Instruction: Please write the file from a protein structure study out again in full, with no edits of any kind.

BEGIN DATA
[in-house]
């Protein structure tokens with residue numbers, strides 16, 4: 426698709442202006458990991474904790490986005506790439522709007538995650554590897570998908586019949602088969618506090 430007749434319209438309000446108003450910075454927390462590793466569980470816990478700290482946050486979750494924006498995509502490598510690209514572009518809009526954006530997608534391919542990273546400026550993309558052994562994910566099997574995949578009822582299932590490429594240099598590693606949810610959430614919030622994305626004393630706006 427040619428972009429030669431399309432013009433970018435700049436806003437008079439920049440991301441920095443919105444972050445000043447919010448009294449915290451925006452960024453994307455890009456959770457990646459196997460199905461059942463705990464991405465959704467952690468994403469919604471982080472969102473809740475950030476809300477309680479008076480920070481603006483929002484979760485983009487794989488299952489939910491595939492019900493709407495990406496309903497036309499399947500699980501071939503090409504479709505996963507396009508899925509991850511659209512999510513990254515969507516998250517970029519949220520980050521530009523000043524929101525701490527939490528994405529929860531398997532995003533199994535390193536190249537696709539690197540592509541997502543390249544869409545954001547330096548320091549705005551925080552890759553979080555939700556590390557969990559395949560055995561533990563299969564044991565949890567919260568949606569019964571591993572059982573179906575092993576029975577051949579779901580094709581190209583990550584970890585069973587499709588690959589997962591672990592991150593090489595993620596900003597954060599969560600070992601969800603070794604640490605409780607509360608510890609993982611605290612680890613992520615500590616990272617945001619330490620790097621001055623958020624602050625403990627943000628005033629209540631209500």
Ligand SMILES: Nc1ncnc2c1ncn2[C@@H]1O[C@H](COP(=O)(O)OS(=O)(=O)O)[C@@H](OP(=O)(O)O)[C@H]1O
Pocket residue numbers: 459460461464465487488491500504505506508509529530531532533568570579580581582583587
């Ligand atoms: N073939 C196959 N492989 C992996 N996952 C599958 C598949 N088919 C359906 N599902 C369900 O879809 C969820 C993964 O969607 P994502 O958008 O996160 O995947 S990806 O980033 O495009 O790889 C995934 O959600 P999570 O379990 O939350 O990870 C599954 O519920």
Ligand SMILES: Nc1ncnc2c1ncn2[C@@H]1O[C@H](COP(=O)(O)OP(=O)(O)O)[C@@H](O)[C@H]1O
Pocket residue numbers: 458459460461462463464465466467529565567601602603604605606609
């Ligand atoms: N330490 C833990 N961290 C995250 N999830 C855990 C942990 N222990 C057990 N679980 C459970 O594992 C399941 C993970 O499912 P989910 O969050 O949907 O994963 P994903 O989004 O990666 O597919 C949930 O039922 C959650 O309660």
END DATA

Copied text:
[in-house]
């Protein structure tokens with residue numbers, strides 16, 4: 426698709442202006458990991474904790490986005506790439522709007538995650554590897570998908586019949602088969618506090 430007749434319209438309000446108003450910075454927390462590793466569980470816990478700290482946050486979750494924006498995509502490598510690209514572009518809009526954006530997608534391919542990273546400026550993309558052994562994910566099997574995949578009822582299932590490429594240099598590693606949810610959430614919030622994305626004393630706006 427040619428972009429030669431399309432013009433970018435700049436806003437008079439920049440991301441920095443919105444972050445000043447919010448009294449915290451925006452960024453994307455890009456959770457990646459196997460199905461059942463705990464991405465959704467952690468994403469919604471982080472969102473809740475950030476809300477309680479008076480920070481603006483929002484979760485983009487794989488299952489939910491595939492019900493709407495990406496309903497036309499399947500699980501071939503090409504479709505996963507396009508899925509991850511659209512999510513990254515969507516998250517970029519949220520980050521530009523000043524929101525701490527939490528994405529929860531398997532995003533199994535390193536190249537696709539690197540592509541997502543390249544869409545954001547330096548320091549705005551925080552890759553979080555939700556590390557969990559395949560055995561533990563299969564044991565949890567919260568949606569019964571591993572059982573179906575092993576029975577051949579779901580094709581190209583990550584970890585069973587499709588690959589997962591672990592991150593090489595993620596900003597954060599969560600070992601969800603070794604640490605409780607509360608510890609993982611605290612680890613992520615500590616990272617945001619330490620790097621001055623958020624602050625403990627943000628005033629209540631209500």
Ligand SMILES: Nc1ncnc2c1ncn2[C@@H]1O[C@H](COP(=O)(O)OS(=O)(=O)O)[C@@H](OP(=O)(O)O)[C@H]1O
Pocket residue numbers: 459460461464465487488491500504505506508509529530531532533568570579580581582583587
């Ligand atoms: N073939 C196959 N492989 C992996 N996952 C599958 C598949 N088919 C359906 N599902 C369900 O879809 C969820 C993964 O969607 P994502 O958008 O996160 O995947 S990806 O980033 O495009 O790889 C995934 O959600 P999570 O379990 O939350 O990870 C599954 O519920």
Ligand SMILES: Nc1ncnc2c1ncn2[C@@H]1O[C@H](COP(=O)(O)OP(=O)(O)O)[C@@H](O)[C@H]1O
Pocket residue numbers: 458459460461462463464465466467529565567601602603604605606609
């Ligand atoms: N330490 C833990 N961290 C995250 N999830 C855990 C942990 N222990 C057990 N679980 C459970 O594992 C399941 C993970 O499912 P989910 O969050 O949907 O994963 P994903 O989004 O990666 O597919 C949930 O039922 C959650 O309660």